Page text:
Ukraine has the largest army in Europe outside the Russian Republic, but it’s poorly equipped. In addition, the Soviets put many ethnic Russian “colonists” in Ukraine, who are there still, and are more loyal to Russia than they are to Ukraine. Ukraine’s position vis a vis Russia is still very precarious. At one time, Ukraine tried to join NATO for protection, but was turned down. That should not have happened.

Russia will again try to incorporate Ukraine into a reconstituted state. Guaranteed.

Exactly so. And the left doesn’t want to report it or teach about it to this very day lest people realize just how vicious and totalitarian leftism has been historically, and how base are the motivations of so many of its leaders.

This reminds me a lot of the Arminian genocide perpetrated by the Turks. Except for a small number who managed to escaped the Arminians were wiped from the face of the earth by the Turks and the Turks are still denying it.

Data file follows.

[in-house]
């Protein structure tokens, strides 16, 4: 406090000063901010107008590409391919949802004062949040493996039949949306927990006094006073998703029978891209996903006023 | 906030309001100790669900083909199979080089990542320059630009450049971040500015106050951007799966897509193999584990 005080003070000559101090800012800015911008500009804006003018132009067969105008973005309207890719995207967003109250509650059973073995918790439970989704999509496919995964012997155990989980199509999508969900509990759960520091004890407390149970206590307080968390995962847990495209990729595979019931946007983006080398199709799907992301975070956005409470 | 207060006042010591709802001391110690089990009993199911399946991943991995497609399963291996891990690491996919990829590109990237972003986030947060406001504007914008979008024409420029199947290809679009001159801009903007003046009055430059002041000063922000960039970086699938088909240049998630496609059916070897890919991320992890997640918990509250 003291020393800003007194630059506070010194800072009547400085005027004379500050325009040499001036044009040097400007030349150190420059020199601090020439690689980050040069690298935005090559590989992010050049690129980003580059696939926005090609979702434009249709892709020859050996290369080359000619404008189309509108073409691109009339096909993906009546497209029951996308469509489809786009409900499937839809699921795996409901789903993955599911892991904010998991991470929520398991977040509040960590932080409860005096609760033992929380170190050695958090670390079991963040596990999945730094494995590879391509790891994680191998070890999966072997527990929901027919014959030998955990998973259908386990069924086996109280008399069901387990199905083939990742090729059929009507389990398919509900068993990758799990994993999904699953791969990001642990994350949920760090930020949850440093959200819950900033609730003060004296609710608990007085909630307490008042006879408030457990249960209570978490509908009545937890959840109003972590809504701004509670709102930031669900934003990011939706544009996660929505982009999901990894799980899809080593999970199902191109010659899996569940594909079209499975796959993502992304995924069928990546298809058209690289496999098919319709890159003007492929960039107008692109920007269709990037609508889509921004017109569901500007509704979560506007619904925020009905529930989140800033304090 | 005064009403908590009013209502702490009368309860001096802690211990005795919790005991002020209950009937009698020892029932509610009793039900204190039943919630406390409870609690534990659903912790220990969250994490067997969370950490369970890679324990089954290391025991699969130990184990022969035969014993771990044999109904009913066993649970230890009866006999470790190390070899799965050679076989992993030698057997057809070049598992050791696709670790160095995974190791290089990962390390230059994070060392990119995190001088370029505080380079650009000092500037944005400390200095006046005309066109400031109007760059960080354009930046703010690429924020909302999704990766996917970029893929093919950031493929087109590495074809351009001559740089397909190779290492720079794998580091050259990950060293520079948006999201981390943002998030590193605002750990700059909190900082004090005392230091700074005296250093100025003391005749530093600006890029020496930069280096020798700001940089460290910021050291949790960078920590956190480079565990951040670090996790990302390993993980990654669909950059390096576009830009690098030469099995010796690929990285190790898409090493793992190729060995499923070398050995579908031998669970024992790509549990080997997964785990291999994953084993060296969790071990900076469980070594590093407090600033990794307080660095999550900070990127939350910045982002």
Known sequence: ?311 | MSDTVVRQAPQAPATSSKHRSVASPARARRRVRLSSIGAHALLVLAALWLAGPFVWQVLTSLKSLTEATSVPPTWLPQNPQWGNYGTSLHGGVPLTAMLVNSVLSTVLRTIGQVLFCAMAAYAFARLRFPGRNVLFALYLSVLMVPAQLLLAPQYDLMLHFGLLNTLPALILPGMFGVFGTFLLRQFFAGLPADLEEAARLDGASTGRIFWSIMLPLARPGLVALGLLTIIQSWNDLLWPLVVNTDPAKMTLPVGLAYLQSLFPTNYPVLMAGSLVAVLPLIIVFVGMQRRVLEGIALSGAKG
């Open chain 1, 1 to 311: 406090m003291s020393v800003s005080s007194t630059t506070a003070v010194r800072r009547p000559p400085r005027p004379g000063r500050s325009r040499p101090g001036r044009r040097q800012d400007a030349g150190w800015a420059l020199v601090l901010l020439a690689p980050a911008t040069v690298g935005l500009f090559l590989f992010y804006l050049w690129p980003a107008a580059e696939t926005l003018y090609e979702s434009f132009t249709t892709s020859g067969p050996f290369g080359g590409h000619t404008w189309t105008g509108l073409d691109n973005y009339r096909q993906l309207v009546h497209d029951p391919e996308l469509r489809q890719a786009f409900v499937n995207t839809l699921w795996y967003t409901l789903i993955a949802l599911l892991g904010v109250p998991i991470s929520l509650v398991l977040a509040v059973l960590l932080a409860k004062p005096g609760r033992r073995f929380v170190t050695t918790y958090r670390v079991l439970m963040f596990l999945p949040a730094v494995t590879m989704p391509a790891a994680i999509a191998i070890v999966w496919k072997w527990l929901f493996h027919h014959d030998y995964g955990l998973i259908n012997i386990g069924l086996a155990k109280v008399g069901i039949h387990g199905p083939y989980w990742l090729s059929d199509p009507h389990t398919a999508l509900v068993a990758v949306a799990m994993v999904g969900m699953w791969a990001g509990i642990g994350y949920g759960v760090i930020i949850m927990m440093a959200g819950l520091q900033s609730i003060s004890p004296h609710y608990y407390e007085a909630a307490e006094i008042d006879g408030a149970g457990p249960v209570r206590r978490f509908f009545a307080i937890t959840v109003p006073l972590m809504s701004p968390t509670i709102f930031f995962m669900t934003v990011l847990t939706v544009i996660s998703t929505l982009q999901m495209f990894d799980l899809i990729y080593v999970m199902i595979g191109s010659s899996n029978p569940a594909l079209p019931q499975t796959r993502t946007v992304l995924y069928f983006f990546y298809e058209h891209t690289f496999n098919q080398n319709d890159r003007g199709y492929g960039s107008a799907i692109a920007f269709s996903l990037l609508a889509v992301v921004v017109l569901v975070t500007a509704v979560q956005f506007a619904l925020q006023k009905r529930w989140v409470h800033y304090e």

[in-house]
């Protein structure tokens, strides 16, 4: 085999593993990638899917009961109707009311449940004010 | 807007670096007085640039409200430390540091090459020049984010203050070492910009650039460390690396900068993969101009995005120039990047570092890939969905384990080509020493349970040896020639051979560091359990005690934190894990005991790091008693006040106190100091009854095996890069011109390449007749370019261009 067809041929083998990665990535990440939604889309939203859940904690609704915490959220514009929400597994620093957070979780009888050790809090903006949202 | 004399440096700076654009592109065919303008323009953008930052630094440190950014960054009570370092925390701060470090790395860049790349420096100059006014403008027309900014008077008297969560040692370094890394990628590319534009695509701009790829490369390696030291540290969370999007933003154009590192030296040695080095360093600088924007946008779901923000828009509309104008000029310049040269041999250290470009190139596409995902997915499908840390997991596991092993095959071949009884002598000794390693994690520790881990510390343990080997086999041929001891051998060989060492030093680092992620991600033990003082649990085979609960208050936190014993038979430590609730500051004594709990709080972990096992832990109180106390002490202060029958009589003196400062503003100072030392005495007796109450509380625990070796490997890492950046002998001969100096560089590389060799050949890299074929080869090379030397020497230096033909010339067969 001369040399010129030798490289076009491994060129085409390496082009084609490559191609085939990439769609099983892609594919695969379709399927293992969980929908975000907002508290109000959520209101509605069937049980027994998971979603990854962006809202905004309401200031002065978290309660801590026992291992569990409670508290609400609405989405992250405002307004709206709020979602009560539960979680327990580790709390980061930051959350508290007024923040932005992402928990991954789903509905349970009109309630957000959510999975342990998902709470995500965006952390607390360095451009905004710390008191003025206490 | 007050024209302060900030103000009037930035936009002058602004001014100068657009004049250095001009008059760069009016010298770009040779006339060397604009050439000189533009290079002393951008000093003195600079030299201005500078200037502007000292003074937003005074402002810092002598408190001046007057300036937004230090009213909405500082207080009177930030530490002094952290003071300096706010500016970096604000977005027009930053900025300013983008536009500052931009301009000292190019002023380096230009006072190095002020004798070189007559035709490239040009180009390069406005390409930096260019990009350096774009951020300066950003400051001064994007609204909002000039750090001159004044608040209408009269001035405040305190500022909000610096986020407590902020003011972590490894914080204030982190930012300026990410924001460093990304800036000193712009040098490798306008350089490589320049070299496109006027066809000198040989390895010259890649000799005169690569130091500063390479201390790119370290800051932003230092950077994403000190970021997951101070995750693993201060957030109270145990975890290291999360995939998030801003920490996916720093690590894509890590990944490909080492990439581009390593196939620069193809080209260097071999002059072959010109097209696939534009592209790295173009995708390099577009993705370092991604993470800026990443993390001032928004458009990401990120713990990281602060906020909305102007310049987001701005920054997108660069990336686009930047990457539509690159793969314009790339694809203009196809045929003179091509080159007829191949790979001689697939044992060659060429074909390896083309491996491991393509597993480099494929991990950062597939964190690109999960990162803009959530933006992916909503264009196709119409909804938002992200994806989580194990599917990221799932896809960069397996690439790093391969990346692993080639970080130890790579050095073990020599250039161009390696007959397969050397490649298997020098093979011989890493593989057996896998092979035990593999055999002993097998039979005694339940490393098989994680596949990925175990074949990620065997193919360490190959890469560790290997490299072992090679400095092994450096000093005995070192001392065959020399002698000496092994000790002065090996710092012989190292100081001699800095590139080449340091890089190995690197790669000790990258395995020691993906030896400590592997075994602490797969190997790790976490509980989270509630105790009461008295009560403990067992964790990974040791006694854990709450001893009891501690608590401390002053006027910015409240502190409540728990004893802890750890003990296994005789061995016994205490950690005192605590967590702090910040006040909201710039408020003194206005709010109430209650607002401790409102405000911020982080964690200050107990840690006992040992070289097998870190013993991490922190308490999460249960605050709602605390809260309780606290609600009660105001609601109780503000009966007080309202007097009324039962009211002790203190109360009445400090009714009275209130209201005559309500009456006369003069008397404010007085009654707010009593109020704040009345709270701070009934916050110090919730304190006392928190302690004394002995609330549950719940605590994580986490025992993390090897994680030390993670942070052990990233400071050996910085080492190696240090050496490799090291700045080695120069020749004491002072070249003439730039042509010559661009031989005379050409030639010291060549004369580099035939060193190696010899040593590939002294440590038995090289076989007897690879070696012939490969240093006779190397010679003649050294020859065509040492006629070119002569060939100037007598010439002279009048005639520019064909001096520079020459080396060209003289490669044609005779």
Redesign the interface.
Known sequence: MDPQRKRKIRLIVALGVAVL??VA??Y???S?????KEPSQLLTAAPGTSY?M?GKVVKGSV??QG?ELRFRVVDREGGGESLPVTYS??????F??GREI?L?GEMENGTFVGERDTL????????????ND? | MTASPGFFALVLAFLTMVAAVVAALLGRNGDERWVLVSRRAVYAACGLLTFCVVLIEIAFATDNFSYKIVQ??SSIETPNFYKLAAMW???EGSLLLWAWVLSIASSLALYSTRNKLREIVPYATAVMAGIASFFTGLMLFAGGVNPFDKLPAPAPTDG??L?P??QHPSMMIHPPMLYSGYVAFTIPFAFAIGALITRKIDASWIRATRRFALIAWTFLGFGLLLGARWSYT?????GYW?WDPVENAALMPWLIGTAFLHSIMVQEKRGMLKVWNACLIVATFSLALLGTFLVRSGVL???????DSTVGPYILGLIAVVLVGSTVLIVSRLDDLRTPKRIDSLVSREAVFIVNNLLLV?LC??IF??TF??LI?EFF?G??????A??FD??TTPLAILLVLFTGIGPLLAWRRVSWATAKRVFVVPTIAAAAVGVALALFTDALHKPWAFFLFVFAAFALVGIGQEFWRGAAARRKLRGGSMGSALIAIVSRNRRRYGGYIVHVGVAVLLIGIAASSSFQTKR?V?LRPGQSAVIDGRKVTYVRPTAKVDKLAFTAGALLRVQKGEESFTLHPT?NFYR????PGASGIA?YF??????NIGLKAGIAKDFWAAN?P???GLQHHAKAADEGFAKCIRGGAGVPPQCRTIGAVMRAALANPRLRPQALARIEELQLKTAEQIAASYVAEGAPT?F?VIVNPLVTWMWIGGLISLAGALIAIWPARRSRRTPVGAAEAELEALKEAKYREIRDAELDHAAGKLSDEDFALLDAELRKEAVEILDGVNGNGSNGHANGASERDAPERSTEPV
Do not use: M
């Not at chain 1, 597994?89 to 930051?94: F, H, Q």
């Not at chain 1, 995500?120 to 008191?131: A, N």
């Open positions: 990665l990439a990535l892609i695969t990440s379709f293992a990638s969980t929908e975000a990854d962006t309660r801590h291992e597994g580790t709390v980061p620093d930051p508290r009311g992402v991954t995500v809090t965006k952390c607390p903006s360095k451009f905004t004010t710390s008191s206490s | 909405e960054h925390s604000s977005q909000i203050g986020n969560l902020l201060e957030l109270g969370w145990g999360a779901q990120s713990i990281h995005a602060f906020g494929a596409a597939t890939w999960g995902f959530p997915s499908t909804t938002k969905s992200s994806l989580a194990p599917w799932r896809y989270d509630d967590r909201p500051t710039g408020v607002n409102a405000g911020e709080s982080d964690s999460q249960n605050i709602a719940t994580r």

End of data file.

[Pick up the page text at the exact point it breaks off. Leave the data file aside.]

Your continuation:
The U.S. will not say a word because we need an ally in the Middle East.

Once again politics trumps morality.

The Turkish genocide was, indeed, genocide, and the Turks ought to admit it. But the Armenians were not really wiped from the face of the earth. Lots of Armenians in the U.S.; just about everybody whose name ends with “ian”, like the Kardashians, “Cher” Sarkesian, Ara Parsegian, lots of others. There are others whose names don’t end in “ian”, like Andre Agassi.

Some three million live in the independent state of Armenia, and there are lots of ethnic Armenians in the Russian Republic.

Still, since the Turks appear to have killed some one to one and a half million Armenians, the scope of the genocide was approximately as massive, relatively speaking, as was the Nazi genocide perpetrated on the Jews.